Monday, 23 June 2014

A Perfume Has To Fulfil A Promise - An Interview With James Heeley

James Heeley at Les Senteurs, London, in May 2014
image: Callum Langston-Bolt

In the run-up to their 30th anniversary celebrations, the fine folks at Les Senteurs hosted an event in May at which guests were invited to enjoy a relaxed conversation with the creative forces behind some of the brands stocked at London's venerable perfumery institution. James Heeley was one of the figures mingling with the city's scentusiasts, and as I'd never met him before, I asked if he'd be willing to give me a brief, impromptu interview. To my delight, he accepted, so off we went to the more quiet atmosphere of the spacious basement at the Seymour Place branch. Immaculately turned out in a bespoke, grey suit, and with a subtly francophone inflection to his diction, the creator of Cardinal, Sel Marin and L'Amandière, amongst others, gave me his full attention and considered his answers carefully before speaking, as though he'd been expecting our appointment for weeks.

An Englishman by birth, Heeley has been based in Paris for several years, during which he has established a well-regarded brand and, more interestingly, taught himself the craft of perfumery. It was this aspect of his biography on which I particularly wanted to focus at the start of our discussion, so I began by asking him how he got into the perfume industry. I knew he's a trained barrister, but had he always been interested in scent?

James Heeley: I think I was always interested in perfume. But how much of your memory is what you want it to be as opposed to what things really were? I'm not quite sure. But I've always been very, very picky about perfume. I'm actually very picky about a lot of things. I remember smelling perfumes as a boy, in shops. During my school holidays, I'd smell perfumes at department stores.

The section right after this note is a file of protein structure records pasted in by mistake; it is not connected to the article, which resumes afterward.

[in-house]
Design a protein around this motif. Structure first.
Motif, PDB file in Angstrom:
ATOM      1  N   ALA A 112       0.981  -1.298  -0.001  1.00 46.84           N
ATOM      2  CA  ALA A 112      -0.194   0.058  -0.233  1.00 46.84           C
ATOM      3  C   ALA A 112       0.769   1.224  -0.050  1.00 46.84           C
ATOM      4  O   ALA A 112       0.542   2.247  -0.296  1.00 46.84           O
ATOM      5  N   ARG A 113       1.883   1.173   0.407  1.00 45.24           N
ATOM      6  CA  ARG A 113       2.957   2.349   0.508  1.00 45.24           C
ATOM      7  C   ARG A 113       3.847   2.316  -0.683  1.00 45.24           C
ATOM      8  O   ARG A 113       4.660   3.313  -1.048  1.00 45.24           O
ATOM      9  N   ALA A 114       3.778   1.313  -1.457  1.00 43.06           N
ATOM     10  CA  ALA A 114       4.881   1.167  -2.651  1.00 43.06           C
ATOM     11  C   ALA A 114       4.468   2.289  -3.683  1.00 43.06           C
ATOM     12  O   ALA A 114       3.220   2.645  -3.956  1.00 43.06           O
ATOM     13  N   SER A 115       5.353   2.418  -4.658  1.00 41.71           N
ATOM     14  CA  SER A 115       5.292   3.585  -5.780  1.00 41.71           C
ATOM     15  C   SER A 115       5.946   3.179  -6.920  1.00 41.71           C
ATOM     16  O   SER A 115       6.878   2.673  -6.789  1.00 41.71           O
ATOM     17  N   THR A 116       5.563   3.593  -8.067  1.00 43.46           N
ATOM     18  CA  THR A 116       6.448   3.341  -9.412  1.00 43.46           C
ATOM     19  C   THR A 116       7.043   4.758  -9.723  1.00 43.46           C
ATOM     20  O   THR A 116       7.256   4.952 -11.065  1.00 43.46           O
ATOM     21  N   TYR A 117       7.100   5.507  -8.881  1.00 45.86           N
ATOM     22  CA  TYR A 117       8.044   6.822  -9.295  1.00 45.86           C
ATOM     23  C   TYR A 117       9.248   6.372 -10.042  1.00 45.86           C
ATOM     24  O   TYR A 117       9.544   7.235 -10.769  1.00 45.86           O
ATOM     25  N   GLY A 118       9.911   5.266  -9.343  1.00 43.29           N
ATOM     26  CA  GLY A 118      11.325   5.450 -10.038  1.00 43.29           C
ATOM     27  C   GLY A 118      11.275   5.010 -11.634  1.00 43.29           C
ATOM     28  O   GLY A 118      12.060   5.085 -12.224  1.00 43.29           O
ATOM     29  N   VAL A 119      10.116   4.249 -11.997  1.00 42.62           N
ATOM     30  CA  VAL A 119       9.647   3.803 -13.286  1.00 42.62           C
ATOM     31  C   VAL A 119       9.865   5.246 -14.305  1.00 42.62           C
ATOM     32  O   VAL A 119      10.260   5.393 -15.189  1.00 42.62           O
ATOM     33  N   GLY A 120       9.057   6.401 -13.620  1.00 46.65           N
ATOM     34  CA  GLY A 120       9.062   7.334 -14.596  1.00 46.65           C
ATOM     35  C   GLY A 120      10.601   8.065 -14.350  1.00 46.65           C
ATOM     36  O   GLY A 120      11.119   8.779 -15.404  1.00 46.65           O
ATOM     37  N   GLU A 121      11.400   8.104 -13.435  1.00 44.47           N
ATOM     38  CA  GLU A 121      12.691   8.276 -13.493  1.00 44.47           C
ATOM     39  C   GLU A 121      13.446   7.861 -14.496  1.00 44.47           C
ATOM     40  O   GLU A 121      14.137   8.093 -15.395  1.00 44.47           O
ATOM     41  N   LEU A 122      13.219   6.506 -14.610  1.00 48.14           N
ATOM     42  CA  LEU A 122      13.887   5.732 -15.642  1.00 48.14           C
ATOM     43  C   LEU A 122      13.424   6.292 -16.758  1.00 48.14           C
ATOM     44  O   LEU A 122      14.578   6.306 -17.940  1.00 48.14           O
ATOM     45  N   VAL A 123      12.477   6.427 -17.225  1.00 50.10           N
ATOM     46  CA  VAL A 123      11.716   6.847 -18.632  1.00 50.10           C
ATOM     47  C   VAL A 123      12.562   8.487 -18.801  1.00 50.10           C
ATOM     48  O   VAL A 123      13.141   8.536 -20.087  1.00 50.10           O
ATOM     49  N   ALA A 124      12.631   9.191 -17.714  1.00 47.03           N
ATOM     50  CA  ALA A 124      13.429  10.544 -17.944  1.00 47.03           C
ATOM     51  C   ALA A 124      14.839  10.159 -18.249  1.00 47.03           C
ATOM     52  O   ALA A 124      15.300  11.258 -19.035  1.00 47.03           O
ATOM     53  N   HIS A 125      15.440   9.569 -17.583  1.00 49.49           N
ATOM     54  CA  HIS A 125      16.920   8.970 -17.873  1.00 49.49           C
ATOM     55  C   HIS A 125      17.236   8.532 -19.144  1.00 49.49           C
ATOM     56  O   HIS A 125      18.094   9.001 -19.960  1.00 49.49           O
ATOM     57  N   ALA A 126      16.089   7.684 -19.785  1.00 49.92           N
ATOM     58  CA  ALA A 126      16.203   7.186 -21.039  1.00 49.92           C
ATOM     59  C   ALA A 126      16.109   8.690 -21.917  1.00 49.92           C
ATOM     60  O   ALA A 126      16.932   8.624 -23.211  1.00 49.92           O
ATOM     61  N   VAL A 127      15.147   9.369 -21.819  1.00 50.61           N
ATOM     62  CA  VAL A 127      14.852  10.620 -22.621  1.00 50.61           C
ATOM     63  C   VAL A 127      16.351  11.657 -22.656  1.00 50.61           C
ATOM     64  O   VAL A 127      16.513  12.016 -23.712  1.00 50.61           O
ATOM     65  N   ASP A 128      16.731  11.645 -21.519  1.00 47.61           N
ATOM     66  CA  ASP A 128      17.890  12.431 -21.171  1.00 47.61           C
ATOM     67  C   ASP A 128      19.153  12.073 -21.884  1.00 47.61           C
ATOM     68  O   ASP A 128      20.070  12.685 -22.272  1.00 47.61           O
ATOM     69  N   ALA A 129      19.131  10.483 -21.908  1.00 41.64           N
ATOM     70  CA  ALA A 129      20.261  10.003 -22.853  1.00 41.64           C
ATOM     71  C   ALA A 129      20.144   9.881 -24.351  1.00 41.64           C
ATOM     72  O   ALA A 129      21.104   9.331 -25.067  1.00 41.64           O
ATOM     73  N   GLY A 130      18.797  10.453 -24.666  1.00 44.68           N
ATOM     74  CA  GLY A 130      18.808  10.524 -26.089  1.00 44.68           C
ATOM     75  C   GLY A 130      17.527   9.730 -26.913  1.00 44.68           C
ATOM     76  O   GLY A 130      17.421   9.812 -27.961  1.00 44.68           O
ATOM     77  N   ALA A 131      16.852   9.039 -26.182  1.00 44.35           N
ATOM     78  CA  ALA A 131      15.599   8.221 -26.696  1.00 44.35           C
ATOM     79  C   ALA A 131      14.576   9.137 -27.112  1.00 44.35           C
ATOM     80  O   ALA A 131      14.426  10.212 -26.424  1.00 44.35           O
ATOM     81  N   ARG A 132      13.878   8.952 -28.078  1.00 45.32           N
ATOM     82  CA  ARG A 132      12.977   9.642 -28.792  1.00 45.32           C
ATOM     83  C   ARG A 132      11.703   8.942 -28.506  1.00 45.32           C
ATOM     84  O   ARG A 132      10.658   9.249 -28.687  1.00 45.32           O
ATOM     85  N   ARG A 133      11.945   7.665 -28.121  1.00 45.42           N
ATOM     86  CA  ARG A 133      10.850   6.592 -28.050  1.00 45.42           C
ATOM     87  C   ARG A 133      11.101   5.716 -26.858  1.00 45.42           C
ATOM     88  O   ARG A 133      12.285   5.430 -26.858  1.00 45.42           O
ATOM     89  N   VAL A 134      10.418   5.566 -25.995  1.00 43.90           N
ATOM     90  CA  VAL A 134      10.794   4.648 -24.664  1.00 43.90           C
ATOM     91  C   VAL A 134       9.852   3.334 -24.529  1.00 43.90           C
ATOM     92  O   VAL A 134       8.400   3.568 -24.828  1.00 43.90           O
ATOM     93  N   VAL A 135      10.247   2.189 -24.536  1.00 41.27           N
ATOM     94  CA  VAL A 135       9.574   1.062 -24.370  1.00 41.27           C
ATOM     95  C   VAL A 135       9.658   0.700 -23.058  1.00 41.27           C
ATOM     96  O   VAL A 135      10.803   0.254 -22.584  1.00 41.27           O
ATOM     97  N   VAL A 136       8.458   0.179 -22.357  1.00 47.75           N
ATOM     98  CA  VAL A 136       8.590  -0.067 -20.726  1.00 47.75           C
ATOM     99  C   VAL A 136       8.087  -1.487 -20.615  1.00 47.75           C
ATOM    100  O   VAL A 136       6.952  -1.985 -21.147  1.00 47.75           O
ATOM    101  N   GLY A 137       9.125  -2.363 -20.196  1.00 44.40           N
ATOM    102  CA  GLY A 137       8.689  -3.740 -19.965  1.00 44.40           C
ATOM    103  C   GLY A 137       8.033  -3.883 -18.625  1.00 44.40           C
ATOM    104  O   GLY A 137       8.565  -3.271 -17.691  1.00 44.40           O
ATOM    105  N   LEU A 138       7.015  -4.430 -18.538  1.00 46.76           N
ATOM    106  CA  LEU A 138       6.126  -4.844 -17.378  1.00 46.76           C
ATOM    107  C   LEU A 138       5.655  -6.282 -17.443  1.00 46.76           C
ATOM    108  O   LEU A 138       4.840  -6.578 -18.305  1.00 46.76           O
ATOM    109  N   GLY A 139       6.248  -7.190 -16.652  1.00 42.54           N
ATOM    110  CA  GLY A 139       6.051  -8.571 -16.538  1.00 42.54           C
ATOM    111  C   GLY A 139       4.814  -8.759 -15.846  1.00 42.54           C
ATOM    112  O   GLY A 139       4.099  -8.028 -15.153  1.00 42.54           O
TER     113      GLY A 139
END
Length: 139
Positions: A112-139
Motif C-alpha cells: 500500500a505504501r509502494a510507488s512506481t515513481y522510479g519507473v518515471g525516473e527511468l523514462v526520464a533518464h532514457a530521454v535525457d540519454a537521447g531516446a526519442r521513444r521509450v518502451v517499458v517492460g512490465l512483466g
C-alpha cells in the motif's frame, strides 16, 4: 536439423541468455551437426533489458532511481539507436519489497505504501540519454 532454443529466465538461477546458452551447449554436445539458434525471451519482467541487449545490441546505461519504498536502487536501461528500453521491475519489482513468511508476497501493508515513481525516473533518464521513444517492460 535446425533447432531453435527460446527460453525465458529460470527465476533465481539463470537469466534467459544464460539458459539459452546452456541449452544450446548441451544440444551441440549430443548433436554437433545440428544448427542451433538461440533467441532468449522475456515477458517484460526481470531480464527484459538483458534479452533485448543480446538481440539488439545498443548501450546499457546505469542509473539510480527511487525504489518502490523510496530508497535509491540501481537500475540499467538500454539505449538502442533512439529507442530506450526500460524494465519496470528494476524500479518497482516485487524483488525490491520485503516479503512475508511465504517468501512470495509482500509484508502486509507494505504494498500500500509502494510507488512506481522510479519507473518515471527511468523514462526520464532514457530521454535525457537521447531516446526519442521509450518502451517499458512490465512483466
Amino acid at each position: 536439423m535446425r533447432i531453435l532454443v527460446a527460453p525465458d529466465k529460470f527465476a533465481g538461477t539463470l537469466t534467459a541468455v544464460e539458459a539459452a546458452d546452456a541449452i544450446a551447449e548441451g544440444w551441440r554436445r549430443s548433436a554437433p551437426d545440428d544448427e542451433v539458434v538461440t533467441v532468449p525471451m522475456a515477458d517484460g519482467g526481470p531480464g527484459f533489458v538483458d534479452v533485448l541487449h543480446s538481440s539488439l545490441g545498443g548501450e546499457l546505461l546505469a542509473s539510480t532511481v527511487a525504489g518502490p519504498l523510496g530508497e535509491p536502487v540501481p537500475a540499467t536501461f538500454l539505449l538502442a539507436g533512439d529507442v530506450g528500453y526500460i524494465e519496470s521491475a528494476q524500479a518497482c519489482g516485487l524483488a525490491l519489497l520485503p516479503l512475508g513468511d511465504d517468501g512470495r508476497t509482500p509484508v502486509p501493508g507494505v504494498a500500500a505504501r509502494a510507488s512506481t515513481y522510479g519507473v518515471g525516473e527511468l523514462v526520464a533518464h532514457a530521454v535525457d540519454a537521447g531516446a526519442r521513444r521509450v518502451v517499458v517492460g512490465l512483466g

P: Would you say your barrister's training taught you the discipline and clarity of thought needed for perfumery? I've never met a barrister who isn't sharp.

JH: I know a few! But I actually read Philosophy at University. And I think that's the point of no return, when you read Philosophy.

P: No return from what?

JH: Truth. Precision. Logic. I think you have to try and find your way in the world. Maybe reading Philosophy opened my eyes to another world. I'd always wanted to do something creative. First of all, I wanted to be an actor, an architect, a sculptor. I didn't come from an artistic background at all. I just wanted to do something creative. But I had no idea about how to work in the creative world. When I left Bar School, I realised that I didn't want to just earn my living as a barrister. I thought, 'I've just got to get away.' When I arrived in Paris, I worked as a graphic designer because I couldn't speak French. I just became obsessed by graphic design, by the precision. And it kind of opened up a whole new world to me. I suddenly saw perspective and lines and correlations.